Worry Less About What Other’s Think

Want to live happy? Stop worrying about what others think. Therapist, Julie Hanks, has 6 reasons to help you make it happen.

1) You can never really know what anyone else is thinking

Even if someone tells you what they are thinking about you, can you ever really know whether or not they are telling the truth? I once worked with a client who, after social gathering, would worry about the some of the things she’d said something inappropriate, wondered if they liked her or approved of her, wondered if she fit in, and tried to guess what they might be thinking of her. I helped her to realize that she could spend time wondering and second guessing but that she would never have answers to her questions.

2) It’s none of your business what other’s think

As a teenager, I gave a lot of weight to what other’s thought about me. As I tried to care a little less about gaining other’s approval I’d rehears the phrase “It’s none of my business what anyone else thinks of me” over and over in my head. It helped me to focus more on what I thought about myself. Author Byron Katie says that there are 3 kinds of “business” in life: yours, other’s, and Gods. We create pain for ourselves when we get into other people’s business (i.e. trying to control other’s thoughts feelings, trying to solve someone else’s problems for them) or God’s business (i.e. asking questions like “Why did this happen to me?” or “Why is there so much pain in the world”).

3) You can be happy without the approval of others

As children, the approval of our parents or caregivers means a lot because we are dependent on them for our physical survival. But, as we grow up, some of us hold on to that need for approval as if our life still depended on it. It’s helpful to remind ourselves that we can be happy even without the approval of important people in our lives. I remember when my husband and I made an offer on a house without any feedback from our parents, or any other family members. When I realized what we’d done I remember thinking, “We are officially grown up” because we didn’t even ask what other’s thought about our decision. We felt good about it and that was enough.

4) Frees up energy for the things you can control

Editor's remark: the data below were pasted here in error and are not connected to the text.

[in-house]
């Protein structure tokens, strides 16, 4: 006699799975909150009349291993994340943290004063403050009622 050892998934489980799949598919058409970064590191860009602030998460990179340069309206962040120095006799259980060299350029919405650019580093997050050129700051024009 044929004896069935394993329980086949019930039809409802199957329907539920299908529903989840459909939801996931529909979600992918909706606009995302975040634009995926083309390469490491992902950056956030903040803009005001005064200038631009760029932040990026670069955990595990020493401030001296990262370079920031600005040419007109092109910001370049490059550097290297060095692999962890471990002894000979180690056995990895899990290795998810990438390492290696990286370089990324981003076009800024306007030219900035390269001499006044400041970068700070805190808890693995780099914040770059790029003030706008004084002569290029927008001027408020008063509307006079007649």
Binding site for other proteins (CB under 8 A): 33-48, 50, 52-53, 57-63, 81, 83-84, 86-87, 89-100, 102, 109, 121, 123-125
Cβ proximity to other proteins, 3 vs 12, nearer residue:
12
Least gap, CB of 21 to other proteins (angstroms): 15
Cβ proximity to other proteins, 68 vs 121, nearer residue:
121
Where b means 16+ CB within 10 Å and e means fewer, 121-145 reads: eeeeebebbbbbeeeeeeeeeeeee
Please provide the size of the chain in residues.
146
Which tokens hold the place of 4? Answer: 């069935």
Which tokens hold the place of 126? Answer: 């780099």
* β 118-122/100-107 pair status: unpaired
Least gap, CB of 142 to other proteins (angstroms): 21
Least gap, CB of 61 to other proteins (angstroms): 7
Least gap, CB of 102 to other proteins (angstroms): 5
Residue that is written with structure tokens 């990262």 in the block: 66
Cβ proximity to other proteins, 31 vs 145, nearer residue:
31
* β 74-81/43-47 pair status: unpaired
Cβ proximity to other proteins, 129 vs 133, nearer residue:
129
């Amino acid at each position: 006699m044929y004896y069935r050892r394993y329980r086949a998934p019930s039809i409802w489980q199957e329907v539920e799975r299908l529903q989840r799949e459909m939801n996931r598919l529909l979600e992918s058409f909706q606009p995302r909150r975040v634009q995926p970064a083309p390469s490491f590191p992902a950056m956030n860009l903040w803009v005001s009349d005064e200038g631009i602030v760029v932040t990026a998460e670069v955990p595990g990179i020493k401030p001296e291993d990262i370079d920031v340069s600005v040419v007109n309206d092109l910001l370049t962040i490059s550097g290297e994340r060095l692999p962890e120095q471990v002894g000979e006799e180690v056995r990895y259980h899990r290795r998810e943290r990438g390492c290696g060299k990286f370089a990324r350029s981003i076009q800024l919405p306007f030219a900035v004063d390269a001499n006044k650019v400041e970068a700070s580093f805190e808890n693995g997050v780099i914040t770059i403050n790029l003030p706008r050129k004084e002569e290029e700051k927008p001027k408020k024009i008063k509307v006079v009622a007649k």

Worry about what others might be thinking about you takes up a lot of time and energy and doesn’t change anything. Letting go of the worry frees you up to actually make positive changes in your life. For example, if you worry about what kind of parent others think you are because you’re children frequently misbehave in public, that worry actually be influencing your parenting in a negative way. Letting go of worrying about what other’s think frees up energy to attend to your children’s needs in the moment, and in the long run, allows you to focus on gaining new parenting skills rather than trying to manage other’s thoughts about your parenting.

5) Allows for a stable sense of worth

Individuals who generally feel good about themselves attract draw other people closer to them. If we link our self-worth to some else’s thoughts or evaluations we lose control of our own sense of self. It’s common for women, especially when in distressed relationships, to try to prove her worth to her partner and fall into a pattern of desperate approval seeking. I remember working with a couple where the husband had been unfaithful. The wife was stuck in the pattern of trying to prove to her husband that she was worth fighting for. When he validated her, she felt good about herself, but when he expressed ambivalence about the marriage, her sense of worth crumbled. Ironically, from my point of view, this wife’s desperate need for her husband’s actually pushed her husband further away.

6) More freedom to be your authentic self

When we’re chronically worried about what others are thinking about us or our choices, we may stifle our own thoughts, feelings, and dreams. Letting go of what other’s think allows us to express ourselves more freely, and to make choices that are in line with who we are, instead of who others think we should be. I remember working with a young adult woman who was working in the family business. It was her parent’s dream for her to take over the business, but it was not her dream. She wanted to attend an arts school across country but feared what her parents would think if she did what she wanted to do. I helped her to let go of making her major life decisions on what her parents would think.

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